How should funders shape the shared trajectories of science, technology and society? In recent years, two related ideas of ‘responsible innovation’ and ‘responsible research and innovation’ (RRI) have gained currency. But what these terms mean in practice is often unclear and opaque for research funders.

In late 2017 we were commissioned by BBSRC to review practices of responsible research and innovation (RRI) within funding organisations internationally and recommend how they could operationalise RRI within a multinational funding programme for biotechnology, ERA CoBioTech. We completed this work over the course of six months and delivered our recommendations in the form of an Agenda for Responsible Research and Innovation (RRI) in ERA CoBioTech in May 2018.

This first post outlines some of the findings from our initial research, explains the rationale behind the Agenda for Responsible Research and Innovation and introduces its approach. We end with lessons learnt during the process. In the future we’ll write about our experiences trying to put the Agenda into action.

 

 

Our process

Comprehensively reviewing funders’ approaches to RRI is difficult because the term is slippery. It co-exists with a range of other governance approaches in research and innovation policy. The most prominent of these is the Ethical, Legal and Social Implications/Issues/Aspects (ELSI/A) approach but there are also connections to public engagement, work on participatory priority setting, and societal grand challenges. Care is also needed when extracting information from different national and organisational contexts. While several programmes refer to RRI-like approaches in their policy documents, in practice there are specific social, organisational, political and cultural dynamics at play that shape the form RRI takes. Some relevant differences include the coordinating organisation’s public/private status, disciplinary remit, and established approaches to agenda setting. The point here is that a range of phenomena are likely to look similar but there is not one stable entity called RRI that can easily be extracted and transported into a new context; an approach with purchase in one location may not resonate elsewhere.

Nevertheless, it is possible to learn by looking across different programmes and identifying common themes. We interviewed approximately 40 social scientists, public administrators and natural scientists involved in RRI programmes in 12 countries and reviewed public documents from 8 programmes. We supplemented this work with extended ethnographies in the field of synthetic biology. Further details of our methodology are presented in the Appendix of ERA CoBioTech’s Agenda.

 

 

Patterns and lessons

The prevailing approach taken by programme managers to RRI is to mandate a form of ‘socio-technical integration’ at the research project level. This usually means funding social sciences and humanities as part of natural science/engineering research projects. Thus, while there are clear overlaps with the research councils’ experiments with public engagement in the UK[1], it is the ELSI/A programmes of the Human Genome Project and EC Framework Programmes that have acted as the most powerful precursor for the organisation of research. In the UK a prominent example is the BBSRC/EPSRC/MRC Synthetic Biology Research Centres (SBRC’s), which were all required to integrate consideration of the social, ethical, environmental and/or political dimensions of synthetic biology to gain funding. Other examples include the iGEM competition[2], the European Commission’s Framework Programme[3], NSF’s SynBerc Programme[4] and the Norwegian Research Council’s Digital Life Programme[5].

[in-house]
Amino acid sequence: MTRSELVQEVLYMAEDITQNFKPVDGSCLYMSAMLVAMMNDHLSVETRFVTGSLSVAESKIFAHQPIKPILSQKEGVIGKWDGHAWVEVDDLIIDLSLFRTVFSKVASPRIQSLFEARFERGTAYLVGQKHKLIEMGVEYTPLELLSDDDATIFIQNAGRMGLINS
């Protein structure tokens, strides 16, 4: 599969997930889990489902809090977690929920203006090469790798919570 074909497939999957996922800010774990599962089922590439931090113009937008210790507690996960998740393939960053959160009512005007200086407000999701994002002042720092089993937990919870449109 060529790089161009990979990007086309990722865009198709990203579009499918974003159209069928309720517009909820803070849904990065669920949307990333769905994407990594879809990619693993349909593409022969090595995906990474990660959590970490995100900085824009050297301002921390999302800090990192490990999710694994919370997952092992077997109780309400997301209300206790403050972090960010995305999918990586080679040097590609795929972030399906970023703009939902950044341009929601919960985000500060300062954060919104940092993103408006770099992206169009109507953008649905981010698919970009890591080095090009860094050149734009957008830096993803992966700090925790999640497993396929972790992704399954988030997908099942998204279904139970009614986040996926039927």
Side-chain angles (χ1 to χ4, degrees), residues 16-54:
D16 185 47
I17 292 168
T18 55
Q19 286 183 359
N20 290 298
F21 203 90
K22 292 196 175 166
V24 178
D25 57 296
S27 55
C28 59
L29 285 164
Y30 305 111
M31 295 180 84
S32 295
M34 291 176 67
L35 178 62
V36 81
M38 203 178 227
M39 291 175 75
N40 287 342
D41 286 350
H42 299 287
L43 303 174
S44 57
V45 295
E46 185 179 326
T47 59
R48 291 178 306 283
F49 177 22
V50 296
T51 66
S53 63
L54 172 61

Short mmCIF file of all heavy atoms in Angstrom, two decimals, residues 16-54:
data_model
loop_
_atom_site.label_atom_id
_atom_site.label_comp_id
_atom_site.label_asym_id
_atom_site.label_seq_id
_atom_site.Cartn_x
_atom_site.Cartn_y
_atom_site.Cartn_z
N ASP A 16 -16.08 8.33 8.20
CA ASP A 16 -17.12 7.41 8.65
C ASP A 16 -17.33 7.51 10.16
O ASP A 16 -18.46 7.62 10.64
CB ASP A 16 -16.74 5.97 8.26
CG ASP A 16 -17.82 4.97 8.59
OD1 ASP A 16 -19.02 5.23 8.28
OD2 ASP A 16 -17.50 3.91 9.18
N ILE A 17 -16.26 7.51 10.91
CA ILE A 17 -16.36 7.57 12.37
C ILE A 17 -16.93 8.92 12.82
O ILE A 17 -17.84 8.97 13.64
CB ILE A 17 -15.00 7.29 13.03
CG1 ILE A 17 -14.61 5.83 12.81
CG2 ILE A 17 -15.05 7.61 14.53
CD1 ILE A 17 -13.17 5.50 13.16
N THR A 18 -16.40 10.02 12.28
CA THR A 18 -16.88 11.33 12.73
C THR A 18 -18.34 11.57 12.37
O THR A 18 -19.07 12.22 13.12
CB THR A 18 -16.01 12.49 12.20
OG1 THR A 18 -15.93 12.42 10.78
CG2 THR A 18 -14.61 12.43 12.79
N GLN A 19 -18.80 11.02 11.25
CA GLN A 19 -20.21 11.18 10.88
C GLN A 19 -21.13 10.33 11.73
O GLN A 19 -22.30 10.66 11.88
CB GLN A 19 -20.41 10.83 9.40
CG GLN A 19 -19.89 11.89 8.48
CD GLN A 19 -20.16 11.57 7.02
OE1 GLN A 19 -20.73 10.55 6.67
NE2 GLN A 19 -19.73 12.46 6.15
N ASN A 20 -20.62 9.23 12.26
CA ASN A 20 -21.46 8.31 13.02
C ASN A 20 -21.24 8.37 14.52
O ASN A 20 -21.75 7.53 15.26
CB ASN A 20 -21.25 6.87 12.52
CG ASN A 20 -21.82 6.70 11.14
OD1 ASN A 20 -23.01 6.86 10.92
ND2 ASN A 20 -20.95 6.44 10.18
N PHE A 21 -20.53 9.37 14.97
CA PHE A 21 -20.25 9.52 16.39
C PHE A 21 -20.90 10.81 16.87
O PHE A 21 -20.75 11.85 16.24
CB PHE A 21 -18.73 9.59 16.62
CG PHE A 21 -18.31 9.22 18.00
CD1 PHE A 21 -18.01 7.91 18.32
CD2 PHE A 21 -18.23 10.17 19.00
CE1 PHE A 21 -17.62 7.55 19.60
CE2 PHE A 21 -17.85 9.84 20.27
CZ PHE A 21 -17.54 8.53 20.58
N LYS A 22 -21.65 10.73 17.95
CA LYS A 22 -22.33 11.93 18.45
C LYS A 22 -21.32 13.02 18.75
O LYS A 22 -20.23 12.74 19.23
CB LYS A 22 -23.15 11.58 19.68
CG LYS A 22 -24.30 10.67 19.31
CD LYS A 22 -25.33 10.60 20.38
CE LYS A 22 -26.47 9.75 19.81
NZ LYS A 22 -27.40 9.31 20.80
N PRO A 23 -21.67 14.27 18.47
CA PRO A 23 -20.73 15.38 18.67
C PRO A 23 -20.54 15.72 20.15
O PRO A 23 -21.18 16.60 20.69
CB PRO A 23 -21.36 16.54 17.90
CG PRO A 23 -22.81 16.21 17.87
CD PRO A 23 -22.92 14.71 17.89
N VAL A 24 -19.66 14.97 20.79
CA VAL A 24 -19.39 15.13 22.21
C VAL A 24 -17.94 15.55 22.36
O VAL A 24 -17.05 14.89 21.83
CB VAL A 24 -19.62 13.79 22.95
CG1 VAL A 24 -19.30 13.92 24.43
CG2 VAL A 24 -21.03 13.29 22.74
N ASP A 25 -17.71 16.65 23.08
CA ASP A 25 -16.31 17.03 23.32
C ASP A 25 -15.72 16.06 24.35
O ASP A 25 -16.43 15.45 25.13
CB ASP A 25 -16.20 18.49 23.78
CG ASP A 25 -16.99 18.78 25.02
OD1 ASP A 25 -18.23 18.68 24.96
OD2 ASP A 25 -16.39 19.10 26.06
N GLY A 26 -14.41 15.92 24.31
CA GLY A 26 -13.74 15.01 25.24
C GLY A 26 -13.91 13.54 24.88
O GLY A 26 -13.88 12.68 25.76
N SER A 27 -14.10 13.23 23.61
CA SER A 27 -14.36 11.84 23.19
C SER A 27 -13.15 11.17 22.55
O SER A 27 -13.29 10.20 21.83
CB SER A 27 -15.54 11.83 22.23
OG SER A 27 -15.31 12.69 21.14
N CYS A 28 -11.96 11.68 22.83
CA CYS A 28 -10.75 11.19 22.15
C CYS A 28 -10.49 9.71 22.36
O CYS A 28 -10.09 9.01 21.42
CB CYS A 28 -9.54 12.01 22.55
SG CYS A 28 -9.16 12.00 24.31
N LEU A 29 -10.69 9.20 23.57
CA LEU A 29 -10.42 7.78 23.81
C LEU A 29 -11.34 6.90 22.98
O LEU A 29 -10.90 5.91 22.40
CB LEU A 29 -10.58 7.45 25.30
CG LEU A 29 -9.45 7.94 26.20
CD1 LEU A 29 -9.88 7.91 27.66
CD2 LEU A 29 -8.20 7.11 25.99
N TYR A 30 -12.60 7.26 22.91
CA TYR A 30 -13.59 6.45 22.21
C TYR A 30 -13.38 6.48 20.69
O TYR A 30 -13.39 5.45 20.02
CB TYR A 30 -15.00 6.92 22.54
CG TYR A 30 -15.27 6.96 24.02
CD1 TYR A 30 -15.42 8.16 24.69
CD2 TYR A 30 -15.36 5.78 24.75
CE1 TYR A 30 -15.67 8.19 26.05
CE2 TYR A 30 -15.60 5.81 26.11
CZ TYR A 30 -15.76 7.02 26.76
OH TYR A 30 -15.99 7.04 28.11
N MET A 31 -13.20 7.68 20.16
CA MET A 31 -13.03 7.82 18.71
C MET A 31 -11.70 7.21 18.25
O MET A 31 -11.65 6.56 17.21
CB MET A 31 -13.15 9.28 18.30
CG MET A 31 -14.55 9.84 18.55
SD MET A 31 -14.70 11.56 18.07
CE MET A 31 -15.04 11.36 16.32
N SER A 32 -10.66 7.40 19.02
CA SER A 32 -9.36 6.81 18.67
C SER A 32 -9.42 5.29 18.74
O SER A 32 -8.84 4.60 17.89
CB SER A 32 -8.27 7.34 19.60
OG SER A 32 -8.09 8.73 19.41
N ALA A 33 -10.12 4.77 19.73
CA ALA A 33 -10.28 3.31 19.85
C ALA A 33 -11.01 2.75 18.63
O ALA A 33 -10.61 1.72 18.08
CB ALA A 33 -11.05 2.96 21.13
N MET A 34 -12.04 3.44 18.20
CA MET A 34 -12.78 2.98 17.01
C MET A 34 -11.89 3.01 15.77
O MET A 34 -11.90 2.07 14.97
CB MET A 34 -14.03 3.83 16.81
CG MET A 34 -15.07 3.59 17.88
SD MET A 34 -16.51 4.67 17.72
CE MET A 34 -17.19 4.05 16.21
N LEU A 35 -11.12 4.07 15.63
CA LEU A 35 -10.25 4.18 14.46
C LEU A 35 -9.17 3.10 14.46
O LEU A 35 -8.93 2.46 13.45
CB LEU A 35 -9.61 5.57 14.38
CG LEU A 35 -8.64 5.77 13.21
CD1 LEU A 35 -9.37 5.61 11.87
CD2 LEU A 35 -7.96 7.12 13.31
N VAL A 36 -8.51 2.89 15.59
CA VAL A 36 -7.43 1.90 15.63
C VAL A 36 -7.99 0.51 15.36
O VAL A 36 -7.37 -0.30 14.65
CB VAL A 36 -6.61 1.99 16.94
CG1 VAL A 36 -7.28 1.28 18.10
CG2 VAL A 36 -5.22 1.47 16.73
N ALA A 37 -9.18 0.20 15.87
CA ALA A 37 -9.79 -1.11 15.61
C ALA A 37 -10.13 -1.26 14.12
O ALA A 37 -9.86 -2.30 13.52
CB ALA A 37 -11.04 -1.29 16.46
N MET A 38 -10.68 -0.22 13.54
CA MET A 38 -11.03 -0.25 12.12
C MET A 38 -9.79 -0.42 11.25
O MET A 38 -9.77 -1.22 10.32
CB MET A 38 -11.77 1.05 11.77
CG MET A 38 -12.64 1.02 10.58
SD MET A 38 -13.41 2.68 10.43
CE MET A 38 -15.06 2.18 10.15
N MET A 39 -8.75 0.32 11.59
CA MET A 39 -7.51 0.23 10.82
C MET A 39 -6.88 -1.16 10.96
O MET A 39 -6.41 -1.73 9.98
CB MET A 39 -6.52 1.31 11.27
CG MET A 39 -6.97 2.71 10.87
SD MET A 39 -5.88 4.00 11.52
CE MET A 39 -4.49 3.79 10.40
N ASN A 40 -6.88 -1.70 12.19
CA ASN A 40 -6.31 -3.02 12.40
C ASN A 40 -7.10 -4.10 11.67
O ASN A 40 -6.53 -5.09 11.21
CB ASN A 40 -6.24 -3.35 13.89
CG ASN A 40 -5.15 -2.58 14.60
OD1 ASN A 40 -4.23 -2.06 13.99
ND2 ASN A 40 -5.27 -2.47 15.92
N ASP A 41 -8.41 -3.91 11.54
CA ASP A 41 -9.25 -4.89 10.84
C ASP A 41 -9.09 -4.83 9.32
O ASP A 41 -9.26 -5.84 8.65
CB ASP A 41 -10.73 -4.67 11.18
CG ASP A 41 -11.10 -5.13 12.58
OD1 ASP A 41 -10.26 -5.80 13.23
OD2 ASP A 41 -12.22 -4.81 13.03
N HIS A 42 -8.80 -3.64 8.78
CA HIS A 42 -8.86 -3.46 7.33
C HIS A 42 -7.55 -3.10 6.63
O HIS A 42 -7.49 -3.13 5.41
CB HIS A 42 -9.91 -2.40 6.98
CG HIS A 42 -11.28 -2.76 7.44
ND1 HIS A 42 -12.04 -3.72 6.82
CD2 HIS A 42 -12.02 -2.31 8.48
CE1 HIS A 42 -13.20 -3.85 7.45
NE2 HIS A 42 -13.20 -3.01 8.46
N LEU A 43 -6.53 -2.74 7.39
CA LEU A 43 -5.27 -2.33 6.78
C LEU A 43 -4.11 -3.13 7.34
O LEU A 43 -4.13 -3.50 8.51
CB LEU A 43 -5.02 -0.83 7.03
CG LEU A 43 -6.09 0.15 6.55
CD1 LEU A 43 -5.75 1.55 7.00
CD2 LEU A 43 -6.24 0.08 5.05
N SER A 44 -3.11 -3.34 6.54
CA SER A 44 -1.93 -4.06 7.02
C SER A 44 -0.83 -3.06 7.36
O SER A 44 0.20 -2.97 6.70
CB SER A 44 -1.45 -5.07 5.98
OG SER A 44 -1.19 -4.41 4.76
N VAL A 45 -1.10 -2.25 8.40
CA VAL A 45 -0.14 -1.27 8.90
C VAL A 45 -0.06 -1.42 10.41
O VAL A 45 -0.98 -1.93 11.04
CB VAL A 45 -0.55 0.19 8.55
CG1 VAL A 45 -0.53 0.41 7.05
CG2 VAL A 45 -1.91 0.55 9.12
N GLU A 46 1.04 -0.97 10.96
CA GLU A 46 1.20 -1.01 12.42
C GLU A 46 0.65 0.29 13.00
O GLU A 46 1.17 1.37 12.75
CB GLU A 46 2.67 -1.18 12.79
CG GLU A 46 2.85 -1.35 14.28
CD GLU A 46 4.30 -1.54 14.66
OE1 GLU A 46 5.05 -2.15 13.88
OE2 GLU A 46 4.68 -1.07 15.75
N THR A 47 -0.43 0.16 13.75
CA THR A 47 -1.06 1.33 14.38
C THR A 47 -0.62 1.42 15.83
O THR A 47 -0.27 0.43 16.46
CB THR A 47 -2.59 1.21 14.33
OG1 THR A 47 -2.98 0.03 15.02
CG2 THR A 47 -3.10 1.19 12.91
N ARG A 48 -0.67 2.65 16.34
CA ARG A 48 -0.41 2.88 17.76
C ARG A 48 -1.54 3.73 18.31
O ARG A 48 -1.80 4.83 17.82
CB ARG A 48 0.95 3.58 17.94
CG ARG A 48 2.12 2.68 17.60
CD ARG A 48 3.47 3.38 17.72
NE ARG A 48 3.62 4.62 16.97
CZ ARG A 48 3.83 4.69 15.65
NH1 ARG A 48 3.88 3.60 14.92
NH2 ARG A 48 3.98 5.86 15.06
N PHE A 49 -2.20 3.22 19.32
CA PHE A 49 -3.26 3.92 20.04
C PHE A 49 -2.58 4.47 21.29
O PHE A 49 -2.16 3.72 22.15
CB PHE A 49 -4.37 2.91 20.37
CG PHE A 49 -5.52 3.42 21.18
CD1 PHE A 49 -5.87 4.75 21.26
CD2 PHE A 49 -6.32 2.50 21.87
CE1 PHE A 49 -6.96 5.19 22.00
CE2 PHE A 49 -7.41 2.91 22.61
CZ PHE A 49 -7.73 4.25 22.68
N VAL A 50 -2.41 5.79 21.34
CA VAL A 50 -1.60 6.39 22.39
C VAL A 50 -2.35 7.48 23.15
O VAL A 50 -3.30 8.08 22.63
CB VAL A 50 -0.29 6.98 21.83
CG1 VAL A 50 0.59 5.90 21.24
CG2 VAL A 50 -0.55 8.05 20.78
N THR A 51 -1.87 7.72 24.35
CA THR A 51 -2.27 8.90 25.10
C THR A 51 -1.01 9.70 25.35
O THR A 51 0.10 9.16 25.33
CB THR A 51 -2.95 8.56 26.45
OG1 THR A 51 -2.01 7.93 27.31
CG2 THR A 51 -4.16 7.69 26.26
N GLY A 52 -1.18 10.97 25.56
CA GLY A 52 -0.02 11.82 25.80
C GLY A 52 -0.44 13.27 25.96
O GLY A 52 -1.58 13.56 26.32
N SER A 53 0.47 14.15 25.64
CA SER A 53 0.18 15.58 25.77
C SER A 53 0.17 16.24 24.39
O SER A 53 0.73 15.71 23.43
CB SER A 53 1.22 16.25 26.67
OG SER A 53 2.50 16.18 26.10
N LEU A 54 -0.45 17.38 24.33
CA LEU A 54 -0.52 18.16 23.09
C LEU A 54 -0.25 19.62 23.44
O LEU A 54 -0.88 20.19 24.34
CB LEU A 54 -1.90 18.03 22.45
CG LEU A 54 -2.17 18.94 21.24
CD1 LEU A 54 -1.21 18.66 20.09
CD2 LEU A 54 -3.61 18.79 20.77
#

Several reflective accounts have now been published by social scientists working in this mode of research. They report that they are often disciplinarily isolated, ambiguously valued, and that they are expected to deal with a narrow range of issues. So while a generation of scholars seems to be developing skills for cross-disciplinary work, it is important (for all) to ensure they are adequately supported and are not considered solely as ‘add-ons’. [6] The research councils have a clear role to play in this regard.

While this institutionalised model of social science integration can facilitate valuable interdisciplinary collaborations, a fuller range of more ambitious activities could be adopted, which would also acknowledge the relative power of research funders in shaping the direction of research. Some productive examples of this type of work include new advances in societal portfolio analysis[7], responsible metrics[8], analysis of intellectual property regimes, as well as revitalised traditions of citizen-led priority setting in the Netherlands[9] and public engagement within the UK. The iGEM competition has made a concerted effort to signal value through clear judging criteria and capacity building through its ‘Human Practices Hub’.[10] Examples relating to the practices of research councils come from explicit attempts to conceive of responsible innovation as a form of institutional reflexivity (trialled with BBSRC[11]) or organisational learning (adopted by the Norwegian Research Council[12]).

 

ERA CoBioTech’s Agenda for Responsible Innovation

Drawing on the research above, we developed a series of four lessons and twelve recommendations for funders and researchers. The lessons and recommendations are presented in full in the Agenda but here we focus on what they mean for ERA CoBioTech in practice.

ERA CoBioTech's Recommendations for RRI

 

One key contribution of the science and technology studies literature is to show how little institutional space there has been for serious debate about the different priorities and trade-offs involved in investments in science, technology and innovation. Science and innovation tend to operate through cycles of promise and uncertainty, neglecting opportunities to identify concrete and desirable goals for technology and society. One reason for this is that strong but mundane institutional dynamics (such as time pressures and contract agreements) close down such opportunities. The sociologists of science Joly, Rip & Callon suggest this places innovation in a regime of ‘techno-scientific promises’ rather than a regime of ‘collective experimentation’.[13] Shifting to collective experimentation would require an active process of space-creation within existing institutions, which research funders can help co-ordinate.[14] Our overarching approach to responsible innovation is not to treat it as top-down framework to be ‘tick-boxed’ but as an opportunity to build capacity for analysis, debate, reflection, and social learning across an innovation system. We aim to do this in two ways.

Strengthening and broadening